This is decided by the receiver implementation and this value should be programmable. The specific value should be determined based on the optimization of system performance. So, the specific value definition is out of the scope of the G3 specification.

TXCOEF

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Question:
Several questions regarding TXCOEF amplification:

- The TXCOEF parameter covers a part of the CENELEC A band that is not used by the G3 specification (between 10 and 30 kHz). Do we need to force a value of 0 for those coefficients or do we just ignore them in the tone-map response?
- The CENELEC A band is parted in 9 sub-bands for the tone-map selective carrier disabling, but in 8 sub-bands for the TXCOEFF feature. Is this an error in the specification?
- Does the requirement for a flat spectrum emission from §6.6 of [MAC] apply when TXCOEFF feature is used?

Answer:
The TXCOEF parameter covers a part of the band that is not used by the G3 specification (between 10 and 30 kHz). We can just set the value to be 0 for those parts.
Second, please note that CENELEC A band is partitioned into 6 sub-bands and those 6 sub-bands locate between 36 and 90 kHz. However, TXCOEFF covers bands from 10-90 kHz. These two are different.
Third, when TXCOEFF is used, we still need to make sure the transmitter emission spectrum is below the spectrum mask defined by regulation. However, the transmitter output spectrum may not be flat.

Phase detection mechanism

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Question:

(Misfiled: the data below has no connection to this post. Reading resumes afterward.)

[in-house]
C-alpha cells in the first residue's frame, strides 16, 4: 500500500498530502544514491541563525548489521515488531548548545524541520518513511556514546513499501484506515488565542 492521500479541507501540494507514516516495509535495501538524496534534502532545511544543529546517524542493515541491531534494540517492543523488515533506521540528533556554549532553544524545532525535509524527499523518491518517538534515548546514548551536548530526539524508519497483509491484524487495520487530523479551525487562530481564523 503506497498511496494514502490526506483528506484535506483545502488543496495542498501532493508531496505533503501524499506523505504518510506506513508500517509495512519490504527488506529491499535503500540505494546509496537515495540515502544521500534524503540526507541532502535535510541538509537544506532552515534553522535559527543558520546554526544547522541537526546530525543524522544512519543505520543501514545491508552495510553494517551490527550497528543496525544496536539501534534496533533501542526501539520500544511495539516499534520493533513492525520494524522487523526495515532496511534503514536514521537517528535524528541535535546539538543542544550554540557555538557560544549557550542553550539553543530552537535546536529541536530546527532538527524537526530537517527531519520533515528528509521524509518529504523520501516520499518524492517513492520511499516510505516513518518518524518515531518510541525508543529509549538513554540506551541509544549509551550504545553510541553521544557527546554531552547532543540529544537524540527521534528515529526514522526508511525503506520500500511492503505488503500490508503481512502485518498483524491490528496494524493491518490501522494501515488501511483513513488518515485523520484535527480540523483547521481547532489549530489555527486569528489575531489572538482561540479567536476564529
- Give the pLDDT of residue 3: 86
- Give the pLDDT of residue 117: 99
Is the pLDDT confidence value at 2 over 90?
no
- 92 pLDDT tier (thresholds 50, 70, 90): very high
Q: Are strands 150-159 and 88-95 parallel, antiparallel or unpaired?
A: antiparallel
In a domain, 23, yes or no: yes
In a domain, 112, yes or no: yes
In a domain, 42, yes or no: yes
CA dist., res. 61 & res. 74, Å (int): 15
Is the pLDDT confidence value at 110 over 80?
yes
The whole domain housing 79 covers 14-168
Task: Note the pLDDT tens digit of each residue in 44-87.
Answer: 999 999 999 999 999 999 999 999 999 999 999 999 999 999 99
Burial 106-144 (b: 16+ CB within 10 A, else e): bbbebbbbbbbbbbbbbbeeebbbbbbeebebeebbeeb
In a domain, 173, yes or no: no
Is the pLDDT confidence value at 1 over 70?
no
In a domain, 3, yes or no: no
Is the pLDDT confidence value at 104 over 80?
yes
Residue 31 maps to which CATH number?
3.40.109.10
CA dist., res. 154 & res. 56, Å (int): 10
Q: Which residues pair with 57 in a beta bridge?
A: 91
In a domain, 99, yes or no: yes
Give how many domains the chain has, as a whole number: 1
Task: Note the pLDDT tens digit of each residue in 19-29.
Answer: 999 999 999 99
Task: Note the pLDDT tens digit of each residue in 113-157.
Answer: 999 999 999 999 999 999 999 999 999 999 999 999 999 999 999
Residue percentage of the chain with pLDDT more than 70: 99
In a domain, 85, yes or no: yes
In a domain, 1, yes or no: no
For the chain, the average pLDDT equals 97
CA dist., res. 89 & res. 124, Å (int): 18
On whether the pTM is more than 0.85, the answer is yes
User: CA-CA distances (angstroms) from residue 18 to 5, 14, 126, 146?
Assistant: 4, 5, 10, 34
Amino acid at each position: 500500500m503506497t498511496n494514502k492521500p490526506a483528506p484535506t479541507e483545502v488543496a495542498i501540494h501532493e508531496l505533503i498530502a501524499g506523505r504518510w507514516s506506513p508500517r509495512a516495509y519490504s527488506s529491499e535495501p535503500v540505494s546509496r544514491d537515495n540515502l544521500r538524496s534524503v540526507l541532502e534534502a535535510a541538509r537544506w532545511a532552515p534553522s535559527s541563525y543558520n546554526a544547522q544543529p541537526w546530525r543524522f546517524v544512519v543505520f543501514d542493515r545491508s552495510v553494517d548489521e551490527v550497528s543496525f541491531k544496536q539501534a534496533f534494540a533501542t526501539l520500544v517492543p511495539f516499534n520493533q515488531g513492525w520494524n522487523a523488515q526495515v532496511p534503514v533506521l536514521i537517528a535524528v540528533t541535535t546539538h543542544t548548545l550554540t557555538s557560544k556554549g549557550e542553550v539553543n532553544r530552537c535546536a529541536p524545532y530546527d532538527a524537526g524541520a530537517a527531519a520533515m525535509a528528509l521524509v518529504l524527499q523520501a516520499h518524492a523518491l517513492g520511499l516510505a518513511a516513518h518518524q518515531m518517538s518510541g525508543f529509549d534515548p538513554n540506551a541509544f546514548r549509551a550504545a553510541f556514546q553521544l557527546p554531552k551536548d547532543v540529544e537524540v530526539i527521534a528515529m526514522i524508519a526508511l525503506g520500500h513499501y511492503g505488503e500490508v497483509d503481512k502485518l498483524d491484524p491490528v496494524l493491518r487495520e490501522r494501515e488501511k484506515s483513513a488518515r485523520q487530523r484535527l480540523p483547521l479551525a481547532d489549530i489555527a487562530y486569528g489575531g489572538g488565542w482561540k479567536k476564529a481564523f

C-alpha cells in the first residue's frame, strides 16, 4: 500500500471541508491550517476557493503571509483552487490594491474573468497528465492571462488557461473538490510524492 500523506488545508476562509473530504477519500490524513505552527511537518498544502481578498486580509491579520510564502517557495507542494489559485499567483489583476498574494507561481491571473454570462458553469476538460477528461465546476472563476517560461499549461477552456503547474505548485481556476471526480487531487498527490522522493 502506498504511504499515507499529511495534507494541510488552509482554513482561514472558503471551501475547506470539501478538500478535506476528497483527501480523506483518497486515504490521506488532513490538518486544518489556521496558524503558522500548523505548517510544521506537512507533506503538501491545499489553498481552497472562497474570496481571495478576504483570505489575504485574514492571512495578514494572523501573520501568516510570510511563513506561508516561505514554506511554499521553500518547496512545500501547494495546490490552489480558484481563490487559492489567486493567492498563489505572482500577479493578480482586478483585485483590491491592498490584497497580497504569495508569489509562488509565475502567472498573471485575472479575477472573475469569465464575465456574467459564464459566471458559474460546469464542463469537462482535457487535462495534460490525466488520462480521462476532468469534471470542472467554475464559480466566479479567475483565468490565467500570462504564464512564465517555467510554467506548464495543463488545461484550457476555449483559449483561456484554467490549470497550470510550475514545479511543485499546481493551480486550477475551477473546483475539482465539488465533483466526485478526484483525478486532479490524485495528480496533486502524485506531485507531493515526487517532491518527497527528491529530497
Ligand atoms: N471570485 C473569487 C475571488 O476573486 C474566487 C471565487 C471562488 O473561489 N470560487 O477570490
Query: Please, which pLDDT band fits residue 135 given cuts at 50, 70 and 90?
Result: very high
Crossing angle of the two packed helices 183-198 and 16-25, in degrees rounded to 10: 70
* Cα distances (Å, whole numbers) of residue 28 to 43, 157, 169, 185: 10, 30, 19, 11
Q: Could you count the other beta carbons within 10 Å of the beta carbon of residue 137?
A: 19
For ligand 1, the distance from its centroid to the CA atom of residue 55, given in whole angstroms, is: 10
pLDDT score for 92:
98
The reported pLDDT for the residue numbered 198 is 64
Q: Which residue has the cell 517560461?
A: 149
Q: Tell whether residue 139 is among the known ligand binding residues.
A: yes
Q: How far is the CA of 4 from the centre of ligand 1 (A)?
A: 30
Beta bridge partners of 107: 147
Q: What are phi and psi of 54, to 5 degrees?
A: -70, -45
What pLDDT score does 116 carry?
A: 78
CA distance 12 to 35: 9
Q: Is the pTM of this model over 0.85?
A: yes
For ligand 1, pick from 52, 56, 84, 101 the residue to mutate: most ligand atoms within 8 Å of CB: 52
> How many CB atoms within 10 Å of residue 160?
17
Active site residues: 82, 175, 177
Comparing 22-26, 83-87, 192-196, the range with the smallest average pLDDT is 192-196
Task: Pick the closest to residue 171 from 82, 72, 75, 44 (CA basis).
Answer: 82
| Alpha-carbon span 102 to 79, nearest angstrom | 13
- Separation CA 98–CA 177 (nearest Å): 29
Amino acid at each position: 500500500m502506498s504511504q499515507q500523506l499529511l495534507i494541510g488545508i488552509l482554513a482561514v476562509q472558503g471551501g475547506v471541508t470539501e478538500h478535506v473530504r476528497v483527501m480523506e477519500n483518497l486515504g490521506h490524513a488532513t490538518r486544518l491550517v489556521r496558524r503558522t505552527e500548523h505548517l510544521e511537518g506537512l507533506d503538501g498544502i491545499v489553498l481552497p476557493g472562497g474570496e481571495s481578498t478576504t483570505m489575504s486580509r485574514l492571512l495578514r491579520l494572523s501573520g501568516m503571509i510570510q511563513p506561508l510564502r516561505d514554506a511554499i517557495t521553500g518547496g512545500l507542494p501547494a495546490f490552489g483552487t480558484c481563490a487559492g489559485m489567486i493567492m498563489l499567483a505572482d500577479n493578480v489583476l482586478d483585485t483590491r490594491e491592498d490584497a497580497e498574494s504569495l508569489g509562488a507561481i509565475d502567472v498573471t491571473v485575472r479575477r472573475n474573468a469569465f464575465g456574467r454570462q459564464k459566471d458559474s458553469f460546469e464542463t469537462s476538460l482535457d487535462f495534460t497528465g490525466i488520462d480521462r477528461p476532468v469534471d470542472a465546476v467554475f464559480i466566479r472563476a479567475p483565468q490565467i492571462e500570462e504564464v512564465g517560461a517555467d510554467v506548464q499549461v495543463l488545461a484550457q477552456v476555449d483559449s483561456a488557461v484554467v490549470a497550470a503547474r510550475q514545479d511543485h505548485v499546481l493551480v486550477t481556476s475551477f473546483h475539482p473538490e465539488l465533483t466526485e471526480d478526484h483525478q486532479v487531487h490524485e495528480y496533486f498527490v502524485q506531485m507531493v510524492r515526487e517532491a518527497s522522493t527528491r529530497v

Regarding the AC phase detection mechanism, what is the frequency that the 8-bit counter is actuially counting?

Answer:
The 8-bit counter is counting from 0 to 255 in one period of the mains. So, the counter ticks are 20/255 ms for 50 Hz main and 16/255 ms for 60 Hz.

General byte ordering

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Question:
What is the byte ordering, from the data input to the physical symbol?

Answer:
The order is Most Significant Byte first.

Notching spectral density

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Question:
In the chapter §6.2 "TRANSMIT SPECTRUM MASK" of the PHY specification, figure 15 describes the spectrum when a notch is inserted to cohabit with S-FSK PLC. The following paragraph explains that the notched frequencies must have a spectral density 25 dB below the active carriers. But the figure presents a reduction of 50 dB instead. What is correct?

Answer:
The notched frequencies must have a spectral density 25 dB below the active carriers (minimum requirement). The figure just shows an illustration of the concept with a deeper notch. The figure will be modified to clarify that the requirement is 25 dB, but a deeper notch can be used.